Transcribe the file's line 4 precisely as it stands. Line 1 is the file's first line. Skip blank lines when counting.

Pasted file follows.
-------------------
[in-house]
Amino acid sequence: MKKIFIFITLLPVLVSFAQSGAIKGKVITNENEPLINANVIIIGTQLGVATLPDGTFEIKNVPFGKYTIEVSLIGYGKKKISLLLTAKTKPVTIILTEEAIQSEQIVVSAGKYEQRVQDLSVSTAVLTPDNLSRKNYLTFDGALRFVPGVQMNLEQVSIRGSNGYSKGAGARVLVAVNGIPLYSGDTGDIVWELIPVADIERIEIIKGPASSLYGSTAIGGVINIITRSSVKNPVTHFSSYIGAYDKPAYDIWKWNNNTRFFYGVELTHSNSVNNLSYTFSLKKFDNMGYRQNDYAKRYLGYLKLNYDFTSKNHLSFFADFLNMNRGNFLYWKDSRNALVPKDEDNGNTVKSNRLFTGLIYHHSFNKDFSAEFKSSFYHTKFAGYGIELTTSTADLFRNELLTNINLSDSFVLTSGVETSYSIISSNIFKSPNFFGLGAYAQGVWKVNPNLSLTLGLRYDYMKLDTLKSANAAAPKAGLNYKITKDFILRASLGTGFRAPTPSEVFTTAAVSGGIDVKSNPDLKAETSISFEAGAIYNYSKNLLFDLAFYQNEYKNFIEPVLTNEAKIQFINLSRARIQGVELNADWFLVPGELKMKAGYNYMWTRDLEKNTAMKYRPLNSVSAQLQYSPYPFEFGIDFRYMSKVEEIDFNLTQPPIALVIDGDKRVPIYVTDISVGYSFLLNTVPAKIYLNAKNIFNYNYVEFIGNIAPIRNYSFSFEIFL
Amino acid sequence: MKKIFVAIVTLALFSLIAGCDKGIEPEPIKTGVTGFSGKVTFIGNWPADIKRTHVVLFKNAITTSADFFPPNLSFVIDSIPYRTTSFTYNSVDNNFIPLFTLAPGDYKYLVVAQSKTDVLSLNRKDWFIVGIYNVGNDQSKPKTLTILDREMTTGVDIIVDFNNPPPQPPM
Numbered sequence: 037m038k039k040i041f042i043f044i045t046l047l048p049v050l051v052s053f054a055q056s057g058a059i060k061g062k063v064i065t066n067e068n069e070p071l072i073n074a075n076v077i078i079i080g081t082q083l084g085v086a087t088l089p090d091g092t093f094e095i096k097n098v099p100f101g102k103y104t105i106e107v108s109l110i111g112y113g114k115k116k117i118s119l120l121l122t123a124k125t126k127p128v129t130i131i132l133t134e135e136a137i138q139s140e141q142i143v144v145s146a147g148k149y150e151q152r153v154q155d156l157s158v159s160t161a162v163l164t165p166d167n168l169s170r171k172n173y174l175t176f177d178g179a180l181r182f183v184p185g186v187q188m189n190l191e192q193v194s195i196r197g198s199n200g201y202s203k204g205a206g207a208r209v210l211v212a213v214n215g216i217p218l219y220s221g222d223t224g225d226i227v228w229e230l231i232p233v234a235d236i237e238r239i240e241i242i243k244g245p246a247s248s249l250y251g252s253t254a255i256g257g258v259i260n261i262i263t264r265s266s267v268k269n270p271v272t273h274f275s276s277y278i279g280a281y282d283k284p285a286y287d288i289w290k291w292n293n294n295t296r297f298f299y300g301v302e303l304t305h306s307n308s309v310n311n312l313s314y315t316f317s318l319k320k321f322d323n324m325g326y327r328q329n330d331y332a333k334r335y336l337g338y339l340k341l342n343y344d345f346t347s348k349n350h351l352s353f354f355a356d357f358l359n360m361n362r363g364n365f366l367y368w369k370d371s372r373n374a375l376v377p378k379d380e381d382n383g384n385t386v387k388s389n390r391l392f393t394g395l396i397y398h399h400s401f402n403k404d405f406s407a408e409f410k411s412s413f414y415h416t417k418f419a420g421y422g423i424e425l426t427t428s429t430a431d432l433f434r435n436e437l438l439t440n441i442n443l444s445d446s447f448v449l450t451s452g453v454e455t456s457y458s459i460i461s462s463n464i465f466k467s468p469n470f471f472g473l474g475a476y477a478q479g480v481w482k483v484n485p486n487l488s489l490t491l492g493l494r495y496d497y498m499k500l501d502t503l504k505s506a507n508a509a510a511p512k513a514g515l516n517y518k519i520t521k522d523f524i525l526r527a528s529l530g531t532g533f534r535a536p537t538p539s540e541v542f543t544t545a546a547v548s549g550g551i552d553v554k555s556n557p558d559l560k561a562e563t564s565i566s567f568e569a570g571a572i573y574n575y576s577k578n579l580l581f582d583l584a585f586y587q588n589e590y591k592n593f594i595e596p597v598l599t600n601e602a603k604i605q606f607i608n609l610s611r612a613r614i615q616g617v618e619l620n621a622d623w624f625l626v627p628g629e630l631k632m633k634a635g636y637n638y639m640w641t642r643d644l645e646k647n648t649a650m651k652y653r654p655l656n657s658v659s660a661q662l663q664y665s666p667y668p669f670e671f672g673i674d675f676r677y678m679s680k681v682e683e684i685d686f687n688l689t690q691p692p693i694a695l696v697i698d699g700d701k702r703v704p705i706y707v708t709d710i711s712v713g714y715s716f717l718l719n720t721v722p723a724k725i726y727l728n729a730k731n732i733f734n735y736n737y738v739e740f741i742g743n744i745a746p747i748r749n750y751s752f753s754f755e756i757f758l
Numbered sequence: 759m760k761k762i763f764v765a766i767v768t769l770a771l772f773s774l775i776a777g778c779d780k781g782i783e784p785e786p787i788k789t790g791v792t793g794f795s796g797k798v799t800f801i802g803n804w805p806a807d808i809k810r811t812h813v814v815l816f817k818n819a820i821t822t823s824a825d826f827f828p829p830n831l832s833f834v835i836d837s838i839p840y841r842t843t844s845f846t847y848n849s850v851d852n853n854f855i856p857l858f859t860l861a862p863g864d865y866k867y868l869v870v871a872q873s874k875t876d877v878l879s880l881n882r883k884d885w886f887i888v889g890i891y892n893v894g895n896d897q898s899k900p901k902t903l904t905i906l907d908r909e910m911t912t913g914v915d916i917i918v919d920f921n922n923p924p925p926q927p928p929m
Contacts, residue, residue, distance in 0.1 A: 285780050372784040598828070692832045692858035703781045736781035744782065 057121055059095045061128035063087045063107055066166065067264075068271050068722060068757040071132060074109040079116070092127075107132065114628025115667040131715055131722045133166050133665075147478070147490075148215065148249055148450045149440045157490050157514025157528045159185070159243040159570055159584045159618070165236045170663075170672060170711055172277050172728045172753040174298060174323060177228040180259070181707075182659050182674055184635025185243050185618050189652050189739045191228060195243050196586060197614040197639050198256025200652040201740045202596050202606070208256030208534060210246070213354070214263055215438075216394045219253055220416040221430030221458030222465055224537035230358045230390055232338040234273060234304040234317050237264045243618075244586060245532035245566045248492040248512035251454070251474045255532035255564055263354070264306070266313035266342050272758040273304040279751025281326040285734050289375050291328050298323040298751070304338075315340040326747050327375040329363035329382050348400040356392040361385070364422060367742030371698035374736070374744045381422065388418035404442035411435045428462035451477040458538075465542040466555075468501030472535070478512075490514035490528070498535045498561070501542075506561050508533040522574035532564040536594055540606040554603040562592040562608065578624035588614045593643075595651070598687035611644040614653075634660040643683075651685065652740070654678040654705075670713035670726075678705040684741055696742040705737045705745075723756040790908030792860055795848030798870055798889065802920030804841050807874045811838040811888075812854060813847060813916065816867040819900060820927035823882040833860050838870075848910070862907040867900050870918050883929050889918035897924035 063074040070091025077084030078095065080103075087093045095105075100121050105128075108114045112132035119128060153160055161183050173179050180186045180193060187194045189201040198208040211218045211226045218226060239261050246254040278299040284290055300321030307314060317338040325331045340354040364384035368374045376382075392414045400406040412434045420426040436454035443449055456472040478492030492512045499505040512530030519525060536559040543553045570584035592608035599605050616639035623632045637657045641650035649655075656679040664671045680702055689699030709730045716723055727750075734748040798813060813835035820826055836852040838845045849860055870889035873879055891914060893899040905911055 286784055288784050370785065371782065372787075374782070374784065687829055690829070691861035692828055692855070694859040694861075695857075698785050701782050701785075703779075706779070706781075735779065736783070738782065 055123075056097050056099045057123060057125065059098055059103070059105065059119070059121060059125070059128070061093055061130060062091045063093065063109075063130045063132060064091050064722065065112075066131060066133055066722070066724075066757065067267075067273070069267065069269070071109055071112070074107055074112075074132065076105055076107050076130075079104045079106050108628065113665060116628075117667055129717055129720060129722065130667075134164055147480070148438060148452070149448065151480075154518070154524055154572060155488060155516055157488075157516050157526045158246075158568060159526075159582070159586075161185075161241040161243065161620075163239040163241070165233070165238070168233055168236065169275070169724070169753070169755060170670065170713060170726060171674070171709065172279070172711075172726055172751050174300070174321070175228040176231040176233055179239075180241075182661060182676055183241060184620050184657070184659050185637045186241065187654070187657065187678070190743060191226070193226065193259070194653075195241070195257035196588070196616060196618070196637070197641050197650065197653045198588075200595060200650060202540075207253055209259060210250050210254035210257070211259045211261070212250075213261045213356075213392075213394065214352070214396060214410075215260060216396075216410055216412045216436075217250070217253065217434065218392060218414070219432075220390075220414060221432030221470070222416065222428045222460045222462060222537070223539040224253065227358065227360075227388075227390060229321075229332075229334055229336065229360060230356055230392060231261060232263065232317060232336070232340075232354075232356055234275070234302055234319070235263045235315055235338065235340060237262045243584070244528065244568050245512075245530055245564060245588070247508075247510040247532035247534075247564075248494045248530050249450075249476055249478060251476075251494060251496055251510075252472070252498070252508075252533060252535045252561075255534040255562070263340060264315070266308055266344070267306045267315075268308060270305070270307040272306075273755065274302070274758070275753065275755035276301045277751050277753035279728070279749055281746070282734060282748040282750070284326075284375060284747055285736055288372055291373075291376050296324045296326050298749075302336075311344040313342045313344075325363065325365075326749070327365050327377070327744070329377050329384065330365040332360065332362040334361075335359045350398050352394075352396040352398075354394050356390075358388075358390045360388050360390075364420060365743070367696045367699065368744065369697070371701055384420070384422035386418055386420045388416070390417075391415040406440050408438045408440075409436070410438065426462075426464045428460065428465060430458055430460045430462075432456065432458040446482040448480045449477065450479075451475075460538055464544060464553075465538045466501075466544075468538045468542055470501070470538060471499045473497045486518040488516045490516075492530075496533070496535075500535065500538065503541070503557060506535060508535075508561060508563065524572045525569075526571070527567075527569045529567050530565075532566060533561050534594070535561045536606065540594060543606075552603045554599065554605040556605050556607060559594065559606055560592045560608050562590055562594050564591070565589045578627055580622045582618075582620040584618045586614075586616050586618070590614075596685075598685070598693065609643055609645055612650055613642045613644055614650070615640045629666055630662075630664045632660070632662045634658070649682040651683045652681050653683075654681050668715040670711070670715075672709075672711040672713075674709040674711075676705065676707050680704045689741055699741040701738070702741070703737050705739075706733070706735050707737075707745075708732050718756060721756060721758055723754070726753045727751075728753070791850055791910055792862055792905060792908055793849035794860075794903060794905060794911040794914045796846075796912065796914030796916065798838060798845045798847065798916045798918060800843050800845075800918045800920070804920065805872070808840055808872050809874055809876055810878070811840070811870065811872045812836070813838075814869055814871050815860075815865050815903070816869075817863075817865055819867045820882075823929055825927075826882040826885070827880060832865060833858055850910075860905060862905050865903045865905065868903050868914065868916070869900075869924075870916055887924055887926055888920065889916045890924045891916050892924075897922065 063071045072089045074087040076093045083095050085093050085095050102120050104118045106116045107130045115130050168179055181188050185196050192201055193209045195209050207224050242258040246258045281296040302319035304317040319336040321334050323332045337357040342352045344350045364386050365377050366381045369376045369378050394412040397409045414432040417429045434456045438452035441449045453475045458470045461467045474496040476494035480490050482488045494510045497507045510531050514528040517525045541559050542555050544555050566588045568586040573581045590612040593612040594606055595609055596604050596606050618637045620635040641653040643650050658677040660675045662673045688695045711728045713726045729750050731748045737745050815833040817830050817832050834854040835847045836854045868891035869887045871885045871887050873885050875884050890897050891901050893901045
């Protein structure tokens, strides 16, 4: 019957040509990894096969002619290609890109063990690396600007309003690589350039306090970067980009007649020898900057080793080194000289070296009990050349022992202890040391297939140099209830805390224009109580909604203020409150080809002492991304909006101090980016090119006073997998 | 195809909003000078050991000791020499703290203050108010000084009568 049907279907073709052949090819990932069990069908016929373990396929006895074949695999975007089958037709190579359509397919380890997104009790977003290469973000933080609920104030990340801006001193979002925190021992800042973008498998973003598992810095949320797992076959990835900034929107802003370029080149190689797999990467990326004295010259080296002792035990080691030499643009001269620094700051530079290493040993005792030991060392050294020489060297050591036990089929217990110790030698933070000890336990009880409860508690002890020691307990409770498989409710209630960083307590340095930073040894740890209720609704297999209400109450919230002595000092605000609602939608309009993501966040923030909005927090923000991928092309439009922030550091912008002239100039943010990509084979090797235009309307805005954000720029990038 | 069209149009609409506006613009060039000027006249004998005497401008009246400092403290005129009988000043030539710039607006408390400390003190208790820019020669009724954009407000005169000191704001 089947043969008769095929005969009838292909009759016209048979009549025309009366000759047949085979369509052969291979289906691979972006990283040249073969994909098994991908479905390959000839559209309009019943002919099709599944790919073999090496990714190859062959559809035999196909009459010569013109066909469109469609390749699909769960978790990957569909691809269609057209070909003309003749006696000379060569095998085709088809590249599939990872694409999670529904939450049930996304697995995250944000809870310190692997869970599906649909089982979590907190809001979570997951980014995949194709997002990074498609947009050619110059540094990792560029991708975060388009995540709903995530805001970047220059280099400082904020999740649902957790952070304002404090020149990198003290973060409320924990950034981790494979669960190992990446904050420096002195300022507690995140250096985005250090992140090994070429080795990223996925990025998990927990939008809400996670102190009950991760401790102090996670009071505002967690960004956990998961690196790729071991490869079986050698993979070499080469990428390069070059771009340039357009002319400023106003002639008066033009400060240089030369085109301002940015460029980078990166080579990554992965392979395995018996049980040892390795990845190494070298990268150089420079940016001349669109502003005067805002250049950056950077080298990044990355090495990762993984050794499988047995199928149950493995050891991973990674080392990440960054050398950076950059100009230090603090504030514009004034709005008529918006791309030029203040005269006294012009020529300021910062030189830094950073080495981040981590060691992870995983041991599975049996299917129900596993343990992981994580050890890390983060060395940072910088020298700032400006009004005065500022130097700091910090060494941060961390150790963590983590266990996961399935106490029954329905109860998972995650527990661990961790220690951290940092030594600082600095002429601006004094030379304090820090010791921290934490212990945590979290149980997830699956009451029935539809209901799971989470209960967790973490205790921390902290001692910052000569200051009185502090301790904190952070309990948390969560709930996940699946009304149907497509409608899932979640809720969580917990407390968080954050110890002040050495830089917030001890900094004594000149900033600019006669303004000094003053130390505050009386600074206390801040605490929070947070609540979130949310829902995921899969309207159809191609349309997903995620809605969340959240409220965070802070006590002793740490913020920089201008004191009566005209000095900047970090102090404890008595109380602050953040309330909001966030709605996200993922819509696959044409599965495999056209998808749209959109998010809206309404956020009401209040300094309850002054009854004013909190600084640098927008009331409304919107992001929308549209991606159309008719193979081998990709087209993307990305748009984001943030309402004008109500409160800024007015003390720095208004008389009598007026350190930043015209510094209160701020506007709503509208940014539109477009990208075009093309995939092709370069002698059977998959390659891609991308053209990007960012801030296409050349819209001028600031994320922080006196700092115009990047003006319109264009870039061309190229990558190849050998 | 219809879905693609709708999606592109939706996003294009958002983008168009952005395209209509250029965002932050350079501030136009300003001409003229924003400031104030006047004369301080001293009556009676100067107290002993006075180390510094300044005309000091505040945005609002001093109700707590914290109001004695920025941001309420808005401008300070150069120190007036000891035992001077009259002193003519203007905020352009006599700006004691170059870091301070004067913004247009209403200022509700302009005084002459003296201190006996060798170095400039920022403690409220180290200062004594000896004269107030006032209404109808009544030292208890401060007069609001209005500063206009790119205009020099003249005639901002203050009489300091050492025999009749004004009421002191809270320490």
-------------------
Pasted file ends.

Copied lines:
Numbered sequence: 037m038k039k040i041f042i043f044i045t046l047l048p049v050l051v052s053f054a055q056s057g058a059i060k061g062k063v064i065t066n067e068n069e070p071l072i073n074a075n076v077i078i079i080g081t082q083l084g085v086a087t088l089p090d091g092t093f094e095i096k097n098v099p100f101g102k103y104t105i106e107v108s109l110i111g112y113g114k115k116k117i118s119l120l121l122t123a124k125t126k127p128v129t130i131i132l133t134e135e136a137i138q139s140e141q142i143v144v145s146a147g148k149y150e151q152r153v154q155d156l157s158v159s160t161a162v163l164t165p166d167n168l169s170r171k172n173y174l175t176f177d178g179a180l181r182f183v184p185g186v187q188m189n190l191e192q193v194s195i196r197g198s199n200g201y202s203k204g205a206g207a208r209v210l211v212a213v214n215g216i217p218l219y220s221g222d223t224g225d226i227v228w229e230l231i232p233v234a235d236i237e238r239i240e241i242i243k244g245p246a247s248s249l250y251g252s253t254a255i256g257g258v259i260n261i262i263t264r265s266s267v268k269n270p271v272t273h274f275s276s277y278i279g280a281y282d283k284p285a286y287d288i289w290k291w292n293n294n295t296r297f298f299y300g301v302e303l304t305h306s307n308s309v310n311n312l313s314y315t316f317s318l319k320k321f322d323n324m325g326y327r328q329n330d331y332a333k334r335y336l337g338y339l340k341l342n343y344d345f346t347s348k349n350h351l352s353f354f355a356d357f358l359n360m361n362r363g364n365f366l367y368w369k370d371s372r373n374a375l376v377p378k379d380e381d382n383g384n385t386v387k388s389n390r391l392f393t394g395l396i397y398h399h400s401f402n403k404d405f406s407a408e409f410k411s412s413f414y415h416t417k418f419a420g421y422g423i424e425l426t427t428s429t430a431d432l433f434r435n436e437l438l439t440n441i442n443l444s445d446s447f448v449l450t451s452g453v454e455t456s457y458s459i460i461s462s463n464i465f466k467s468p469n470f471f472g473l474g475a476y477a478q479g480v481w482k483v484n485p486n487l488s489l490t491l492g493l494r495y496d497y498m499k500l501d502t503l504k505s506a507n508a509a510a511p512k513a514g515l516n517y518k519i520t521k522d523f524i525l526r527a528s529l530g531t532g533f534r535a536p537t538p539s540e541v542f543t544t545a546a547v548s549g550g551i552d553v554k555s556n557p558d559l560k561a562e563t564s565i566s567f568e569a570g571a572i573y574n575y576s577k578n579l580l581f582d583l584a585f586y587q588n589e590y591k592n593f594i595e596p597v598l599t600n601e602a603k604i605q606f607i608n609l610s611r612a613r614i615q616g617v618e619l620n621a622d623w624f625l626v627p628g629e630l631k632m633k634a635g636y637n638y639m640w641t642r643d644l645e646k647n648t649a650m651k652y653r654p655l656n657s658v659s660a661q662l663q664y665s666p667y668p669f670e671f672g673i674d675f676r677y678m679s680k681v682e683e684i685d686f687n688l689t690q691p692p693i694a695l696v697i698d699g700d701k702r703v704p705i706y707v708t709d710i711s712v713g714y715s716f717l718l719n720t721v722p723a724k725i726y727l728n729a730k731n732i733f734n735y736n737y738v739e740f741i742g743n744i745a746p747i748r749n750y751s752f753s754f755e756i757f758l